For 18 years, from the earliest days of “mommy & me” all the way up until high school graduation, I attended a small, Jewish day school in the suburbs of Baltimore, MD. Contained within a seemingly un-poppable bubble, I spent long days, specifically from 8:00 a.m. to 4:00 p.m., learning about Jewish holidays, hearing stories from the Bible, and studying the many laws that constitute Jewish life. All of this, on top of taking math, english, social studies, and science classes.

At times I longed to switch to a regular school, one where I could be dismissed from school at 2:30. Every. Single. Day. And one where I wouldn’t have to endure these classes that seemed so trivial at the time. But my parents would not even dream of letting me weasel my way out of what they believed to be an important experience. So I continued my Jewish day school education, and looking back on it, I realize just how right they were.

Sitting in my dorm room, 1,123 miles away from home, in a new school and a new city, I just want to say to my Jewish Day School:

Thank you for showing me what it means to be a community.

During times of happiness, from special Jewish holidays to winning the annual basketball tournament and everything in between, we always united to celebrate as a school. On the opposite end, in times of sorrow, whether it be the death of a family member or that of a soldier in Israel, we always joined together to pray for comfort, peace, and health in the world. Looking back, I appreciate these moments for what they were, and know that I will always be a part of a special community.

Thank you for fostering my love of Judaism and Israel.

Throughout my years, you taught me some essential components of what it means to be a Jew: that I should care for others, strive to be the best version of myself, and live each day with meaning and purpose. You also gave me Israel, a beautiful country filled with incredible people, a rich history and culture, and an everlasting spirit. These ideas are now ingrained into my being; without them, I would not be who I am today.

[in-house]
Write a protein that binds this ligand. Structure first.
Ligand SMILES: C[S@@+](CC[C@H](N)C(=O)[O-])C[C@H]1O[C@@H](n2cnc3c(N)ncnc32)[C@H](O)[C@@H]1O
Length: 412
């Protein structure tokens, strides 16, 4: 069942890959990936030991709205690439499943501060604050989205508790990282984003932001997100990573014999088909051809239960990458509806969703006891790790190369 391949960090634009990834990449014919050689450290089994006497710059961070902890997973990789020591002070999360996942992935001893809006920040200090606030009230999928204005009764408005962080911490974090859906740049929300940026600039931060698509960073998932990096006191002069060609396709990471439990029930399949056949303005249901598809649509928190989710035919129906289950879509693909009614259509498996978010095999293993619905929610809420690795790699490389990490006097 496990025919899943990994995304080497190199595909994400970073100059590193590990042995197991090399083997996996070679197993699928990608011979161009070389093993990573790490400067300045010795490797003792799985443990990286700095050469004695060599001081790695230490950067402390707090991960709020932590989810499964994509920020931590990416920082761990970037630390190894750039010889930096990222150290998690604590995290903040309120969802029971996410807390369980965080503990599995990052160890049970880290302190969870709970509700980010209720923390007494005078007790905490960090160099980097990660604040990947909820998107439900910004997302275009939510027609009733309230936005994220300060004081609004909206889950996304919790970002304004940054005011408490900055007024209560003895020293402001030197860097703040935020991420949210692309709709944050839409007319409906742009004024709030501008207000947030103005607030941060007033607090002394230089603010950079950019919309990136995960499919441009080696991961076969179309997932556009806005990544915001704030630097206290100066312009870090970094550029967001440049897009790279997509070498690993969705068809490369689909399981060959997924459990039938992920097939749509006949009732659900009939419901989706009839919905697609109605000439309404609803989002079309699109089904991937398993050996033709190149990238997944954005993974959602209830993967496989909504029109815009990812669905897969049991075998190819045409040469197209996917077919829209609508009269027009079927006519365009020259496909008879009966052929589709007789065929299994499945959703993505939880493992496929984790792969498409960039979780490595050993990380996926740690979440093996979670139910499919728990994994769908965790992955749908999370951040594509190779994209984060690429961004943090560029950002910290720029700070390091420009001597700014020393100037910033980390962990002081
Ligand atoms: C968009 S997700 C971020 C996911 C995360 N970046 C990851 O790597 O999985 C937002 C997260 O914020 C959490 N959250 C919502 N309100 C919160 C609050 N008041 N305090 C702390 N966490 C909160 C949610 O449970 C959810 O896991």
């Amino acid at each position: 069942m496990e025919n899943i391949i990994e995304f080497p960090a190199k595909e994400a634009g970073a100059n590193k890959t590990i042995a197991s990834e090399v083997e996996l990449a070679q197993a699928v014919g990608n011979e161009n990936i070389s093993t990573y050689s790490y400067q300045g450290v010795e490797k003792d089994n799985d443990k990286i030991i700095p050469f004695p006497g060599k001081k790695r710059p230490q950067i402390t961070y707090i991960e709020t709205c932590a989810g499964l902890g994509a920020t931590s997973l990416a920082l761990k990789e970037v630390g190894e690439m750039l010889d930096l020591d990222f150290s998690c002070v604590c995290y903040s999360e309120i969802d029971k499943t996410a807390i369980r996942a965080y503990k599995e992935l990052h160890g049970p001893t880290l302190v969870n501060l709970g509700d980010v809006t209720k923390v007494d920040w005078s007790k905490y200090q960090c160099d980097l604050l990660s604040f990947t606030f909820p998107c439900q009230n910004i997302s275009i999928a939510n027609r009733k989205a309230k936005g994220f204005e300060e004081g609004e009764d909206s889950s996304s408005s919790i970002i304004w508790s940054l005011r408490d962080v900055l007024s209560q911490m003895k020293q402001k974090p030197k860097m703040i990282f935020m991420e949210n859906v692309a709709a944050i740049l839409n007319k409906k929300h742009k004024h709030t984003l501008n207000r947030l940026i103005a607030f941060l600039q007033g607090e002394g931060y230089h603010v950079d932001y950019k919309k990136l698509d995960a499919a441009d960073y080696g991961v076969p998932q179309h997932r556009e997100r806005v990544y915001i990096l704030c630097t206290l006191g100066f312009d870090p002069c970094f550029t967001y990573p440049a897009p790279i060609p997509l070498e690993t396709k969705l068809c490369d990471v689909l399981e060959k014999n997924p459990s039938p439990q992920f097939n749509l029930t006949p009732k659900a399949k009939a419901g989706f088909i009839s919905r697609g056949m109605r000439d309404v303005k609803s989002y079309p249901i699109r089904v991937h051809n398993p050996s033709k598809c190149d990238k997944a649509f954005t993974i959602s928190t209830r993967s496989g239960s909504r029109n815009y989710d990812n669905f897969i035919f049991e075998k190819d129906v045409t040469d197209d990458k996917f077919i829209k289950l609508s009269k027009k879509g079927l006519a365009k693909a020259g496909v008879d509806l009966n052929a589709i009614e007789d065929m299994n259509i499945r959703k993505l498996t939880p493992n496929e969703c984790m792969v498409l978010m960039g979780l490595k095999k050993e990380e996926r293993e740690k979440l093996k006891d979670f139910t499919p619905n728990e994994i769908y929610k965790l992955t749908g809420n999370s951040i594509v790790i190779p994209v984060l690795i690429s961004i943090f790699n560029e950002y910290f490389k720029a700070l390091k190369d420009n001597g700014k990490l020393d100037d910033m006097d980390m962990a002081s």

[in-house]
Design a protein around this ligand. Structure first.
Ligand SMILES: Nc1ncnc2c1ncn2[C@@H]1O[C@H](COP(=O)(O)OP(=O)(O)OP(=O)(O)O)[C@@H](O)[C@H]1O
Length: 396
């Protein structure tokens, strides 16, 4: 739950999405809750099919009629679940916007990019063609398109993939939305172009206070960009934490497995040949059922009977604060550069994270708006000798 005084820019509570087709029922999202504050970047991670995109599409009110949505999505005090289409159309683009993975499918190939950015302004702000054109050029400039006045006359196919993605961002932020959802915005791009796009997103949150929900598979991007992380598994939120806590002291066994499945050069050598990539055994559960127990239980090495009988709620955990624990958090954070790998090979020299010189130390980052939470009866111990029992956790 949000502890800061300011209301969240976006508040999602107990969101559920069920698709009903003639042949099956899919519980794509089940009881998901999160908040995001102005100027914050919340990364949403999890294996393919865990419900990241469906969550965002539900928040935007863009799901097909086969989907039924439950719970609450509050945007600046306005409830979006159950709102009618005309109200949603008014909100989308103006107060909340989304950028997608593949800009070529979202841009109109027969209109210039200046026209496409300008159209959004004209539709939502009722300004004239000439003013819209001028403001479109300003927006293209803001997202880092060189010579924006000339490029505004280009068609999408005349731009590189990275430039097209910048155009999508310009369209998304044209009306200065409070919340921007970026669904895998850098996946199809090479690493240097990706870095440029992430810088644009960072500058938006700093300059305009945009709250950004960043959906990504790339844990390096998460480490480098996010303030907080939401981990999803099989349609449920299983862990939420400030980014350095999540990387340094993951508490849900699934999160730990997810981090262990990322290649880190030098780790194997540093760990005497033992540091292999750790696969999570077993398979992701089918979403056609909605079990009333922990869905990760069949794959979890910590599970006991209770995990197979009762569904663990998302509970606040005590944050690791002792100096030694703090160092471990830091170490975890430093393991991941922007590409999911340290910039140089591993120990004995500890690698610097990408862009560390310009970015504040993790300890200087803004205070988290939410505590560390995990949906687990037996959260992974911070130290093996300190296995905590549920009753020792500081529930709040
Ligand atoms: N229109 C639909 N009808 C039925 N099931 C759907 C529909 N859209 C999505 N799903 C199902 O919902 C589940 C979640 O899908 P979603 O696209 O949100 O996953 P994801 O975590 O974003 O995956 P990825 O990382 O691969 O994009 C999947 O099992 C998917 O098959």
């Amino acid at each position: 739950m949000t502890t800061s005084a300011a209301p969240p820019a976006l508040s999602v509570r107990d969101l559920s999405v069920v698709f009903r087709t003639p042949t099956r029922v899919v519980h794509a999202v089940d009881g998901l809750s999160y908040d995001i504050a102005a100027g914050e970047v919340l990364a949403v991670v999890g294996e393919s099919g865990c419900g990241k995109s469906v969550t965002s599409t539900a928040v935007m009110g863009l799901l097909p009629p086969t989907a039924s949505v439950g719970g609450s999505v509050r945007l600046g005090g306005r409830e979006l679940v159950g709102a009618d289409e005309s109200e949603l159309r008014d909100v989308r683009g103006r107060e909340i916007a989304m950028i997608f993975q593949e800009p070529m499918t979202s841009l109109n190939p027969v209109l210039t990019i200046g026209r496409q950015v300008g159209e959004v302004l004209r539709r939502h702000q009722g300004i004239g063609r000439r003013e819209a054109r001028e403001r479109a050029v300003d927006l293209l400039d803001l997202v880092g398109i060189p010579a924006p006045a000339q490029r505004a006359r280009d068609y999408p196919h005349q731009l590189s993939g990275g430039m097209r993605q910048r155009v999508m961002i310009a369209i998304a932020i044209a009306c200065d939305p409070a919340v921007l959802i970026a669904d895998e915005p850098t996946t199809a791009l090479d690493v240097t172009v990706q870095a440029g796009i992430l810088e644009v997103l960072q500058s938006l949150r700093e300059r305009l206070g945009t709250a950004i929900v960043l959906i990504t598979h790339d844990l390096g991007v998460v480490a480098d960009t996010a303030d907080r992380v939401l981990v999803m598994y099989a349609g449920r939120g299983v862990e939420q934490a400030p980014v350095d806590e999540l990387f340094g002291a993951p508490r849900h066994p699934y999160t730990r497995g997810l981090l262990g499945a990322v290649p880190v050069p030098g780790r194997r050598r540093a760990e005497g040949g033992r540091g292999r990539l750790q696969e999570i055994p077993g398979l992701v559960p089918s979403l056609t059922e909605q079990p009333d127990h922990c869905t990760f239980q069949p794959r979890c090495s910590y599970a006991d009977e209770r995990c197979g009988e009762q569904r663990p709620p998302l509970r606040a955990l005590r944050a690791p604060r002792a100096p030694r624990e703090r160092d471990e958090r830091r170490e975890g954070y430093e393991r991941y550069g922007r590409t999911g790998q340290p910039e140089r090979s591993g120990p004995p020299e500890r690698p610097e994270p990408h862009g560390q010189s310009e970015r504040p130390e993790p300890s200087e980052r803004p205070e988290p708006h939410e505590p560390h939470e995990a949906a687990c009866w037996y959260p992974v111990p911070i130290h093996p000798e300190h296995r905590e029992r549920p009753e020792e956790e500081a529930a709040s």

Thank you for teaching me that winning isn't everything.

The sports at my school could be classified as anything but serious. In the entire span of my athletic career, I witnessed only two occasions where players were cut. 99.9% of the time, everyone made the team, and everyone was given an equal chance to learn, grow, and succeed. Although this system stands in stark contrast to how typical athletic organizations function, for my school, it worked. We learned to value hard work, camaraderie, and having fun. Winning was rare, but this taught us to appreciate even the smallest of victories.

Lastly, thank you for preparing me for college.

You might be thinking, how could I have been prepared for college by living in a bubble for my entire life? Yes, it is true that my life predominantly existed in this Jewish bubble, and that my friend group consisted mainly of people just like me. But my Jewish Day School education equipped me with the necessary tools to succeed not only in college, but in life. Tools that I don’t think I would have received anywhere else. From it, I’ve learned to treat people the way that you want to be treated. I’ve learned to believe that everything happens for a reason, and to trust that things will be okay in the end. And lastly, I’ve learned that each day we have on this earth is a gift, and that we should not merely sit back and appreciate it, but take advantage of each moment to ultimately live a meaningful life.

So thanks again, for the bagels, for the 8 hour school days, and for the lessons.